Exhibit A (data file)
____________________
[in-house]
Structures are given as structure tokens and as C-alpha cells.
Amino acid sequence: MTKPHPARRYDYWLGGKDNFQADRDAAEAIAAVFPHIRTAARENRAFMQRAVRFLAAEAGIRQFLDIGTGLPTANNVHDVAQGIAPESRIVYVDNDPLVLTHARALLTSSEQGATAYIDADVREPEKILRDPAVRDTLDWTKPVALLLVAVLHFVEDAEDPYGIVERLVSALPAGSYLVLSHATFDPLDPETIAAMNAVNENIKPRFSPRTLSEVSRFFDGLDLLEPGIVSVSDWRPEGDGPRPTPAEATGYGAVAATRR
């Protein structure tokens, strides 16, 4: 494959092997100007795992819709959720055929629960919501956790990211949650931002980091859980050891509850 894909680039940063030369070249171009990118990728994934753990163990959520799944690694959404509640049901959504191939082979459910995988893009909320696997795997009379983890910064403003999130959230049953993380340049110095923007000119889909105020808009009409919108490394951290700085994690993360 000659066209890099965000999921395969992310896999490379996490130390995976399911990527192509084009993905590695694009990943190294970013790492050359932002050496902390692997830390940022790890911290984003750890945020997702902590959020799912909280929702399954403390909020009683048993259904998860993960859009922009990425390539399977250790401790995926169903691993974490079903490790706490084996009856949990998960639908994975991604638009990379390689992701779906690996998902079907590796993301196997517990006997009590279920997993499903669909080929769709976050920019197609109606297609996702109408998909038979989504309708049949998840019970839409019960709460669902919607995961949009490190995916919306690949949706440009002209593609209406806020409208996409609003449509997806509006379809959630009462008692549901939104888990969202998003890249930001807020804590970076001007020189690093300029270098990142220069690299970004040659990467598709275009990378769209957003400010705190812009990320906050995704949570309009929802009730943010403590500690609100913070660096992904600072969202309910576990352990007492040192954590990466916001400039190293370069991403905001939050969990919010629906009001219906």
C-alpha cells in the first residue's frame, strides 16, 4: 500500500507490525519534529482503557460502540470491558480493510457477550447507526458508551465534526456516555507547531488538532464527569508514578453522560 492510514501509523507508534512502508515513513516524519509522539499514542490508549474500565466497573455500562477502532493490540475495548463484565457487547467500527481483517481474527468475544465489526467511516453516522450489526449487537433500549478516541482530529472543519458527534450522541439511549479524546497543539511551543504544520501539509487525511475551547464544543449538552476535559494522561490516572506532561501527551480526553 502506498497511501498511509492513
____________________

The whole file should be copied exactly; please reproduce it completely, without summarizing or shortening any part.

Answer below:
[in-house]
Structures are given as structure tokens and as C-alpha cells.
Amino acid sequence: MTKPHPARRYDYWLGGKDNFQADRDAAEAIAAVFPHIRTAARENRAFMQRAVRFLAAEAGIRQFLDIGTGLPTANNVHDVAQGIAPESRIVYVDNDPLVLTHARALLTSSEQGATAYIDADVREPEKILRDPAVRDTLDWTKPVALLLVAVLHFVEDAEDPYGIVERLVSALPAGSYLVLSHATFDPLDPETIAAMNAVNENIKPRFSPRTLSEVSRFFDGLDLLEPGIVSVSDWRPEGDGPRPTPAEATGYGAVAATRR
């Protein structure tokens, strides 16, 4: 494959092997100007795992819709959720055929629960919501956790990211949650931002980091859980050891509850 894909680039940063030369070249171009990118990728994934753990163990959520799944690694959404509640049901959504191939082979459910995988893009909320696997795997009379983890910064403003999130959230049953993380340049110095923007000119889909105020808009009409919108490394951290700085994690993360 000659066209890099965000999921395969992310896999490379996490130390995976399911990527192509084009993905590695694009990943190294970013790492050359932002050496902390692997830390940022790890911290984003750890945020997702902590959020799912909280929702399954403390909020009683048993259904998860993960859009922009990425390539399977250790401790995926169903691993974490079903490790706490084996009856949990998960639908994975991604638009990379390689992701779906690996998902079907590796993301196997517990006997009590279920997993499903669909080929769709976050920019197609109606297609996702109408998909038979989504309708049949998840019970839409019960709460669902919607995961949009490190995916919306690949949706440009002209593609209406806020409208996409609003449509997806509006379809959630009462008692549901939104888990969202998003890249930001807020804590970076001007020189690093300029270098990142220069690299970004040659990467598709275009990378769209957003400010705190812009990320906050995704949570309009929802009730943010403590500690609100913070660096992904600072969202309910576990352990007492040192954590990466916001400039190293370069991403905001939050969990919010629906009001219906």
C-alpha cells in the first residue's frame, strides 16, 4: 500500500507490525519534529482503557460502540470491558480493510457477550447507526458508551465534526456516555507547531488538532464527569508514578453522560 492510514501509523507508534512502508515513513516524519509522539499514542490508549474500565466497573455500562477502532493490540475495548463484565457487547467500527481483517481474527468475544465489526467511516453516522450489526449487537433500549478516541482530529472543519458527534450522541439511549479524546497543539511551543504544520501539509487525511475551547464544543449538552476535559494522561490516572506532561501527551480526553 502506498497511501498511509492513